Mealybug trials prove fruitful for Nutrien Ag Solutions

Completing an extensive study of mealybugs on two Margaret River wineries and integrating the research findings into practical advice for growers is all part of the job for Scott Paton from Nutrien Ag Solutions in Perth, WA.

With 25 years in R&D, the award-winning product development agronomist relishes the challenge of working with growers to better understand the complexities of managing pests and their interaction with plants, the environment, and chemical controls.

“We got to witness first-hand some of the well-documented behaviours and traits of mealybug populations, like how they’re influenced by humidity, temperature, sensitivity to the crop, ant populations and the release of predatory insects. That’s a lot of variables that can dictate the population of one little pest insect!” Scott said.

“Product development happens quickly in today’s market. We often see new products released to growers with sound use labels but a limited amount of information on how to practically incorporate them into grower programs. We work closely with suppliers and grower groups to allow for independent evaluation and seamless integration of new solutions.”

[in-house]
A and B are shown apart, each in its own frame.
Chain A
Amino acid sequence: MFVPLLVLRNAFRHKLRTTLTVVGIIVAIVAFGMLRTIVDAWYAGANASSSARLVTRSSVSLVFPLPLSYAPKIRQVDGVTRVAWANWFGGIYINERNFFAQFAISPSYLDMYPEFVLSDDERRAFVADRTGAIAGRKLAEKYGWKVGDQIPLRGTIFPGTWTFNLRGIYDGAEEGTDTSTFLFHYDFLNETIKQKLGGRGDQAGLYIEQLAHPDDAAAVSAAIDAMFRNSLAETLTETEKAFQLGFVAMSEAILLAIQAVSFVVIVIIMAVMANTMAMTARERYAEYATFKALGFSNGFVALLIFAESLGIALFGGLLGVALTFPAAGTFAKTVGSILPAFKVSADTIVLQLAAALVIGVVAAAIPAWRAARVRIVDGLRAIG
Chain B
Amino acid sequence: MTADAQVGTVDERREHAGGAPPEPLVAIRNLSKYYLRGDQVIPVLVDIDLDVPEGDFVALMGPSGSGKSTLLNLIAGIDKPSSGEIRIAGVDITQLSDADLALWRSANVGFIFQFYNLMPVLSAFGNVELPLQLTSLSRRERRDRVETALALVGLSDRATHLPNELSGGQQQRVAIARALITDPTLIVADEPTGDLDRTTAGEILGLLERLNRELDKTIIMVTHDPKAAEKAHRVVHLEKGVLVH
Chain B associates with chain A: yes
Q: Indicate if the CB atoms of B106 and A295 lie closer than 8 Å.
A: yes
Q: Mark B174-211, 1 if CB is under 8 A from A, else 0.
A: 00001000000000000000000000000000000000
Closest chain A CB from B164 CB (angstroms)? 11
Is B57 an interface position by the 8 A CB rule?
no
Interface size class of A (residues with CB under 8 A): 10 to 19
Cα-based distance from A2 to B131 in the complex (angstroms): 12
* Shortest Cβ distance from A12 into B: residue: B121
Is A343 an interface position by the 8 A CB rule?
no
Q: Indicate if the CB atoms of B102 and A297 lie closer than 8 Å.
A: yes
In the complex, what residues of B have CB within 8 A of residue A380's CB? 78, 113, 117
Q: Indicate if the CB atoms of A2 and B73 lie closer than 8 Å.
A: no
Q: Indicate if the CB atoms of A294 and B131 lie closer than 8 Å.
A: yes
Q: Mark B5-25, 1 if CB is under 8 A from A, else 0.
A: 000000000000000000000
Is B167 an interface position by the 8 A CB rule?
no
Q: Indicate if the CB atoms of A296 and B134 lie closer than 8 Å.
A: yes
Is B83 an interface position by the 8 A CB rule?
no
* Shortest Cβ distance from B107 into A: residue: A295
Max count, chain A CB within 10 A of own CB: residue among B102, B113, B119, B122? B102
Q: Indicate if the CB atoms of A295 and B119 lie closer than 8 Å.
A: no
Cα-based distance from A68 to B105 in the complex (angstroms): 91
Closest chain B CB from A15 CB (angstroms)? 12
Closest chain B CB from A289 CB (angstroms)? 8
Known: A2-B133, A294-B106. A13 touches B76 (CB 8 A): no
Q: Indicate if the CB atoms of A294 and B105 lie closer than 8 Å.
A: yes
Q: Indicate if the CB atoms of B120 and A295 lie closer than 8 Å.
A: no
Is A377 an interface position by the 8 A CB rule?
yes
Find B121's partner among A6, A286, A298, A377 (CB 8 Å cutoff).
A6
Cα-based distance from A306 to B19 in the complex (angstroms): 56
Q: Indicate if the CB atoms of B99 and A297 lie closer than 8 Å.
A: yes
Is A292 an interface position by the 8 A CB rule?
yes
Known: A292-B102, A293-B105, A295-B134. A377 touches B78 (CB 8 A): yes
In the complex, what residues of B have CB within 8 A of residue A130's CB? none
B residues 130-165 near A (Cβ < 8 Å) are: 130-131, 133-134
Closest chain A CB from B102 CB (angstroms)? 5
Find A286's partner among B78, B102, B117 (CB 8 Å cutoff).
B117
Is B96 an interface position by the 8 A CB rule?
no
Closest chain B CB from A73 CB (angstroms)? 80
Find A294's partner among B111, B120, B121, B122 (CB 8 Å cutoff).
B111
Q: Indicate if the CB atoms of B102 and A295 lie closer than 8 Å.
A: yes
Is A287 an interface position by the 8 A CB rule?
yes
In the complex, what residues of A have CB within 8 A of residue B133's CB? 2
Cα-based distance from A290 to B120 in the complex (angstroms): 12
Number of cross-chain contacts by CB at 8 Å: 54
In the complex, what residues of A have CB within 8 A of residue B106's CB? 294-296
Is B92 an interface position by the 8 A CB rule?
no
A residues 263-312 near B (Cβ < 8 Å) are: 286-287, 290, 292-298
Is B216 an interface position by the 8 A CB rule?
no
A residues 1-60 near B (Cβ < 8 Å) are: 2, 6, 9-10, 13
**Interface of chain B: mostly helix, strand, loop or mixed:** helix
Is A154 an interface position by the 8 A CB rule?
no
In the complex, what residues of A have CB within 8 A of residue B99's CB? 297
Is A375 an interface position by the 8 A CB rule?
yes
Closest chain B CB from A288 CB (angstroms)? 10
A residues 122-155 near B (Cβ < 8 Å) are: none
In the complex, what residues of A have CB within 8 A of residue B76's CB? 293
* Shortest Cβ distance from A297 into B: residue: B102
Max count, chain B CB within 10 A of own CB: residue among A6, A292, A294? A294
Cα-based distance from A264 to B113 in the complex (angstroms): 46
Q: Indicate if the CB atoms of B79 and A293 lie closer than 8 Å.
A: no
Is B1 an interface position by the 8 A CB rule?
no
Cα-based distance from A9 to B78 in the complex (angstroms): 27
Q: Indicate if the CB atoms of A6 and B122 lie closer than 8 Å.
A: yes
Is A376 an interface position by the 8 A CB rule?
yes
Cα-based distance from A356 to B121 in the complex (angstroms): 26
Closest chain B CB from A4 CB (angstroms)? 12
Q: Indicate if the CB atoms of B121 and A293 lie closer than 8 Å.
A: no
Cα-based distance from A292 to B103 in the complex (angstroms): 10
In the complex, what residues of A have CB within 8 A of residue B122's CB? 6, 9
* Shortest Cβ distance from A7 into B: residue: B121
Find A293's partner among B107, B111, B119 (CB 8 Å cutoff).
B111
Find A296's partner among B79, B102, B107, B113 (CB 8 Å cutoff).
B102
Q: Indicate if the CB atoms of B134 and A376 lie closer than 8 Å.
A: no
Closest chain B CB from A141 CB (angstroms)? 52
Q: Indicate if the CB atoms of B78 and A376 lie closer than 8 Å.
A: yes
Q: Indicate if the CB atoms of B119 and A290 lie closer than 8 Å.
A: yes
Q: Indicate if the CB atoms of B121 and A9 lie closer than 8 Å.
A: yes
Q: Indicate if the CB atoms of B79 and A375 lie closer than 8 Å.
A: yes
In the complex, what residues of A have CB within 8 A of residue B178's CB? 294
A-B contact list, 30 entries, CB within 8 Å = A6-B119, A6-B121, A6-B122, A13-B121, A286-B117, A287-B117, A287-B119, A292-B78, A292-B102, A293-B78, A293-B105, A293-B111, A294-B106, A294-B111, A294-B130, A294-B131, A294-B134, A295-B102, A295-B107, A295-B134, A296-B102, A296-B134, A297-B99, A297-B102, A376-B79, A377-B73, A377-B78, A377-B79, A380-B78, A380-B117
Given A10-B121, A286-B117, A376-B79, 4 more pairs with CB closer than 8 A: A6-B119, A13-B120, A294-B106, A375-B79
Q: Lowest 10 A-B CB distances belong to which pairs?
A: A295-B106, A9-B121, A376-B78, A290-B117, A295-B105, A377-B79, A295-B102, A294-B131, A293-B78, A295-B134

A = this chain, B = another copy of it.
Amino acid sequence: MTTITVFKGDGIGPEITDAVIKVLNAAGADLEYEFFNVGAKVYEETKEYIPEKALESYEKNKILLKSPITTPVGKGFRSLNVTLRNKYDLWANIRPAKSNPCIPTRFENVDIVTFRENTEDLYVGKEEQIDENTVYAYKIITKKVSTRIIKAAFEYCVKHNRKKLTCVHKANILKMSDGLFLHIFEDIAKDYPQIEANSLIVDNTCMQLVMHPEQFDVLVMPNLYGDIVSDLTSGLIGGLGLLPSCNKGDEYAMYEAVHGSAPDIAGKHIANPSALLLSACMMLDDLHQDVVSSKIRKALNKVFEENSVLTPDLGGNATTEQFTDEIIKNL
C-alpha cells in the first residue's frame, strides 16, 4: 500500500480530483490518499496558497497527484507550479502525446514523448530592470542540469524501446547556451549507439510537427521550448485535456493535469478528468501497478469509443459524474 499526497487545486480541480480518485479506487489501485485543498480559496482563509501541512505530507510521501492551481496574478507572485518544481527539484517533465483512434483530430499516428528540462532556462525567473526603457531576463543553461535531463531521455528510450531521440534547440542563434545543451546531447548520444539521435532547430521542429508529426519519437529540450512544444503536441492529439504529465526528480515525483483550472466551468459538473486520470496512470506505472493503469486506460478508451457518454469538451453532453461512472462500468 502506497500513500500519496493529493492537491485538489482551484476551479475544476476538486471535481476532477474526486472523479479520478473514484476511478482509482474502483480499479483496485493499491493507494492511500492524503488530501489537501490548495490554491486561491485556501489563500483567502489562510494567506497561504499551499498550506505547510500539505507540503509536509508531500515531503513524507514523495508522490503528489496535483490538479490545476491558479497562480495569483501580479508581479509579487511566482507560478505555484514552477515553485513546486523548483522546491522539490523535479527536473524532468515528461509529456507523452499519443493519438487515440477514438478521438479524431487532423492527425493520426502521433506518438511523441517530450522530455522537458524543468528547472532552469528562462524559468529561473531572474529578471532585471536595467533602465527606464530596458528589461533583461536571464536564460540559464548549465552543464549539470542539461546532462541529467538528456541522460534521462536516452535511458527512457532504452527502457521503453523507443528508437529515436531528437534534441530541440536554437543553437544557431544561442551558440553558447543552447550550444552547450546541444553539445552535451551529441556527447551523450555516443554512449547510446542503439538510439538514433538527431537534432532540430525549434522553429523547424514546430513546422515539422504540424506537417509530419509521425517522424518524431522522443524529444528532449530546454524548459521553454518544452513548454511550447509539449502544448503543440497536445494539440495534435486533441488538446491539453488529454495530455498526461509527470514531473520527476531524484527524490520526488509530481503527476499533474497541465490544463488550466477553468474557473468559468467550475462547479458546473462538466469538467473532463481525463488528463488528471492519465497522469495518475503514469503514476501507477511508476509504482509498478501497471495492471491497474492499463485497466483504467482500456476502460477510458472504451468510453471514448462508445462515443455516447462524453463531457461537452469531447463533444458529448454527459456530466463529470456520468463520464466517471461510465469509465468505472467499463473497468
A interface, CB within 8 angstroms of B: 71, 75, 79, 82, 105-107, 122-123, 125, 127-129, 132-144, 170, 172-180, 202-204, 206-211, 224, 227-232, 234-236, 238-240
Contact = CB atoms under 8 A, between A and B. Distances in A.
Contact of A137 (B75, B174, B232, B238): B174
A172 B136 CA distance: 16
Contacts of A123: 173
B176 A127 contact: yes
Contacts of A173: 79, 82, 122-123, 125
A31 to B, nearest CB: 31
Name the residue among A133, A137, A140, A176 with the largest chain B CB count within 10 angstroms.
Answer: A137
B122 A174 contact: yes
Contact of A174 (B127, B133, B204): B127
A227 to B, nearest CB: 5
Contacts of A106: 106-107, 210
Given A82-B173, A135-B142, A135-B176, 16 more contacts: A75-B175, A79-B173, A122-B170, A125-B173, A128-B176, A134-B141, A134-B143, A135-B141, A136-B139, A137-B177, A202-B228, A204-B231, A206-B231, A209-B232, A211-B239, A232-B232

Awards lead to new research

In 2023 Scott was selected as a regional winner of Syngenta Australia’s Productivity Growth Awards for his work liaising with research bodies and growers to develop pest control strategies that maximise yields and profit.

The same year, the Australian Wine Industry Supplier Association presented Scott with the Impact Award for his work on botrytis control, where he took a ‘warts and all’ approach to reviewing disease, chemistry and biological versus traditional controls.

Scott has undertaken research over the last few seasons on longtailed mealybug, a significant pest in table and wine grapes and other horticultural crops across Australia.

The new research aimed to improve understanding of the pest’s life cycle and evaluate new chemistry, to see how it fits into potential control programs.

With multiple generations occurring in a growing season, mealybug can give rise to crop losses through development of sooty mould linked to their feeding behaviour on fruit. Because the pest emerges as a problem at the fruit stage, most growers try to address it late in the growing cycle, which Scott said is not ideal.

“The temptation for growers is to control the problem as close to appearance as possible,” he said.